Tourism Strategy for the Future of Travel

Posted on March 21, 2020

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The month of March is typically a busy time for tourism strategy development, often coinciding with the end of public sector fiscal year-end. The Coronavirus COVID-19 crisis has had immediate and devastating impacts on the tourism sector and is forcing a re-think of current actions and strategic planning approaches. This has caught many tourism operators, destinations, governments, and communities under-prepared. The scope and scale of these impacts has been virtually impossible to anticipate at the current rapidly growing pace of COVID-19.

What questions should we asking right now?

As a tourism industry strategist completing several projects at this time of year, I’ve had to metamorphosize into more of a long-view futurist. I’m having to predict some possibilities for a complete structural change of the sector. This raises a number of questions:

  • What and when will be the peak of the crisis?
  • What actions should Destinations take right now? What types of communications? Timing?
  • What will the early stages of market recovery look like?
  • How will travel behaviours change?
  • What will new tourism experiences look like?
  • What will be the paradigm shift for transportation, accommodations, and social gatherings?
  • How do we plan for this now?

Answers will remain unclear until we start to see the effectiveness of mitigation actions on COVID-19. The current priority is to focus on health and safety. The well-being of travellers, communities, and tourism industry staff should be protected above all else.

Destination Responses

Immediate actions for Destinations should include a discontinuation of destination promotional activities (don’t be like ‘Conde Naste Traveller’ or ‘Travel & Leisure’ right now); encourage travellers to reschedule for later rather than cancel; shift to providing advocacy for your DMO and stakeholders; retrench human resources; preserve capital; optimize critical operations; and reset research priorities. Marketing messaging should set expectations by discouraging travel until government authorities advise otherwise. Shift to ‘inspirational’ marketing once the crisis begins to abate.

What will happen in the future?

Going forward, we need to gaze into our crystal ball to analyze the trends which will influence future travel behaviours and adjust accordingly. The days of mass tourism and over-tourism have ended…for now and probably for the much longer-term. Technology will become a greater enabler to connect with niche travellers in a much more intimate manner. However, current research resources have often been designed to understand the interests and behaviours of larger numbers of travellers and traveller groups. New research will need to blend a deeper dive into market niches with considering fundamental changes in societal structures.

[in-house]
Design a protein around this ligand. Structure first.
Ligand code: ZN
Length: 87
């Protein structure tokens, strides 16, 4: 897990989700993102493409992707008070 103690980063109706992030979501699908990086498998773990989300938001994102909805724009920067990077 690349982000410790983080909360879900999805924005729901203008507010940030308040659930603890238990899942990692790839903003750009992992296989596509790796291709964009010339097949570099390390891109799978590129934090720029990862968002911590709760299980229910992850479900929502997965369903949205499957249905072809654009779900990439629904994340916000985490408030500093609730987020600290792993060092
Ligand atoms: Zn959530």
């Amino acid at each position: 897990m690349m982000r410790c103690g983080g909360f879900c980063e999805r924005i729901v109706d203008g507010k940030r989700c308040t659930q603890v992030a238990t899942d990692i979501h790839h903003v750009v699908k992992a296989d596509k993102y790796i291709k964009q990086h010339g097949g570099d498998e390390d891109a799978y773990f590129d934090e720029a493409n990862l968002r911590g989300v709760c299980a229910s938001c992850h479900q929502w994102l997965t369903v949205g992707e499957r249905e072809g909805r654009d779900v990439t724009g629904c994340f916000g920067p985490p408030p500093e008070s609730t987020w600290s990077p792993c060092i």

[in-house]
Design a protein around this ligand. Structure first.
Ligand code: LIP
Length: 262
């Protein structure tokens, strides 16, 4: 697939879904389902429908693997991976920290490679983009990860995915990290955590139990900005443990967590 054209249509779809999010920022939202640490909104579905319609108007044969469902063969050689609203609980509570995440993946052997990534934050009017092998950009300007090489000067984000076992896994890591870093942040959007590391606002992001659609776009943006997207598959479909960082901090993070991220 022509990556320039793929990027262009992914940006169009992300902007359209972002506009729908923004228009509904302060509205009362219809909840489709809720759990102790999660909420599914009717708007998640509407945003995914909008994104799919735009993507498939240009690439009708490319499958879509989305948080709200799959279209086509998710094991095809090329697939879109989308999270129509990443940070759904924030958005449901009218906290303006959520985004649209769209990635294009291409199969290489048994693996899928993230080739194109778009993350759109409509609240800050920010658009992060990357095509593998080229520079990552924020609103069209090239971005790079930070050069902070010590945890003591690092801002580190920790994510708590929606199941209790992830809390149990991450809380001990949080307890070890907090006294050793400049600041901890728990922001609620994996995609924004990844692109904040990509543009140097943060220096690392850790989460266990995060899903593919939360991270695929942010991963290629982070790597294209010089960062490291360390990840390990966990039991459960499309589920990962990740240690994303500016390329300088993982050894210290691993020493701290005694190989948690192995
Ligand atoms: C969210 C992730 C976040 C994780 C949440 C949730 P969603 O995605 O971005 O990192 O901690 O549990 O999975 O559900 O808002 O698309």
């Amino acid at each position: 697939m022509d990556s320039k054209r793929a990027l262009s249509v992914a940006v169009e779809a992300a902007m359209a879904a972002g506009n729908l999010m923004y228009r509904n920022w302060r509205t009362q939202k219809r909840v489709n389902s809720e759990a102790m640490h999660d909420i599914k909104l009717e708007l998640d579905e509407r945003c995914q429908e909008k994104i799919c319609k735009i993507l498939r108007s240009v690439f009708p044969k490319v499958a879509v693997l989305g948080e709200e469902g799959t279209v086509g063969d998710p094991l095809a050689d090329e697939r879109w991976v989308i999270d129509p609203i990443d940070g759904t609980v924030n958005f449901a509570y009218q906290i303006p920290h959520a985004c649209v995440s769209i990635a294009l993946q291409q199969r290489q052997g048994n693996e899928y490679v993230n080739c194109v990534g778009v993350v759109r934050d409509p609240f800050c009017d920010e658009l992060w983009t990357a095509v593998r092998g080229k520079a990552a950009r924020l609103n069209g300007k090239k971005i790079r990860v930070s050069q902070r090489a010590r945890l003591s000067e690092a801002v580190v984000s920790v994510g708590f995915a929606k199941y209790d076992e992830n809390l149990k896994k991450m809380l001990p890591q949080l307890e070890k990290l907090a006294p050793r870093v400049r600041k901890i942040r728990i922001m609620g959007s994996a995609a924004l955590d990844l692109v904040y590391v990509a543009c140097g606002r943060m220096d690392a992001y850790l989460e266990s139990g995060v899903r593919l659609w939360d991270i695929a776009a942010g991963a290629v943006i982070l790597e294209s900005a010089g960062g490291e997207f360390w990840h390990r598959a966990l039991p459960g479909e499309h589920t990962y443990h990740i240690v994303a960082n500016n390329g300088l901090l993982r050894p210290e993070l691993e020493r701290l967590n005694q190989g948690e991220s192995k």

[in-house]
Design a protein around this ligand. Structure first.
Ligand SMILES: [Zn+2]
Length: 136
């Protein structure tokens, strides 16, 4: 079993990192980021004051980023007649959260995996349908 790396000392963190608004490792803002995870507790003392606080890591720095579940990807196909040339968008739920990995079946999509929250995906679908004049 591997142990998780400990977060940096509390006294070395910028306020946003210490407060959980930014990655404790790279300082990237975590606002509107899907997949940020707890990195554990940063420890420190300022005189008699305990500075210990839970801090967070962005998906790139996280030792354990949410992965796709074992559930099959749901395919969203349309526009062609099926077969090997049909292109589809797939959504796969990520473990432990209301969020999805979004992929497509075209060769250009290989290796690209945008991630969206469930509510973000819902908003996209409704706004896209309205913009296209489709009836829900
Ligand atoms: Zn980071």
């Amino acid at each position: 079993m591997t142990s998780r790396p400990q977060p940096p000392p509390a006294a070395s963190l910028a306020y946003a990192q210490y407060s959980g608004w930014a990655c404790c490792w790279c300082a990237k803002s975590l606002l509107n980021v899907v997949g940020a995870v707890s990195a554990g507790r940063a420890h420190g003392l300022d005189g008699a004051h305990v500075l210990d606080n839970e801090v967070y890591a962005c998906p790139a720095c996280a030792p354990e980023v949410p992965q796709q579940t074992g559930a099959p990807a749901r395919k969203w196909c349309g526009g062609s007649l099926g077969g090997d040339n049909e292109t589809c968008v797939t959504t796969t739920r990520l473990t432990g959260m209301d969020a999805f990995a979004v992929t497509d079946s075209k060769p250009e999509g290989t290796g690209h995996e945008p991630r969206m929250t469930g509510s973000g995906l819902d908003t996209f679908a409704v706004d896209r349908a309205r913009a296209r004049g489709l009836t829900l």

So how might this play out? Following a re-opening of travel, mass forms of transportation, accommodations, and activities will most likely be viewed as less desirable. At least, until policies, procedures, and physical infrastructure are adjusted to address physical/social-distancing concerns. With significantly reduced carrying capacity and suppressed market demand, air travel will become prohibitively expensive for many travellers until travel demand volume grows.

Opportunities to leverage longer-haul and International source markets will be significantly constrained over the short-to medium term. While the tourism sector has shown remarkable resilience with past crises, Covid-19 is proving to be farther reaching. Long-term implications are currently unclear.

Smaller DMO’s and tourism operators will see a pent-up demand from the Visiting Friends and Relatives (VFR) market to reconnect, with a focus on short-haul regional travel. This will coincide with growing participation in outdoor recreation, adventure tourism, and smaller group travel.

Who can show us how to do it right?

Destinations and tourism operators will be tasked with redesigning experiences and organizing their operations to address traveller fears. We can look to the adventure tourism sector for guidance on risk management. For example, activities perceived to be higher risk, such as back-country helicopter skiing and white-water rafting have had to develop procedures to manage and reduce actual and perceived risks. These operators allay participant fears by clearly demonstrating their risk mitigation strategies. Look at the Frequently Asked Questions (FAQ’s) sections on many of the best adventure tourism operators’ websites and you will see how these operators ease participant concerns. We can take a page from their approach to redesign experiences across the tourism industry.

Traveller confidence is the key

It will be interesting to see how the airlines, for example; make adjustments to a re-emerging tourism marketplace. Every touch-point of the traveller’s journey will need to be evaluated and redesigned to rebuild confidence for travellers. Many smaller tourism operators could potentially be well positioned to address this new marketplace. Our challenge will be to support them to ensure they survive long enough to meet the new opportunity. Right now, we can focus on gaining an understanding of the societal shifts that will inform new strategy and tourism experience development.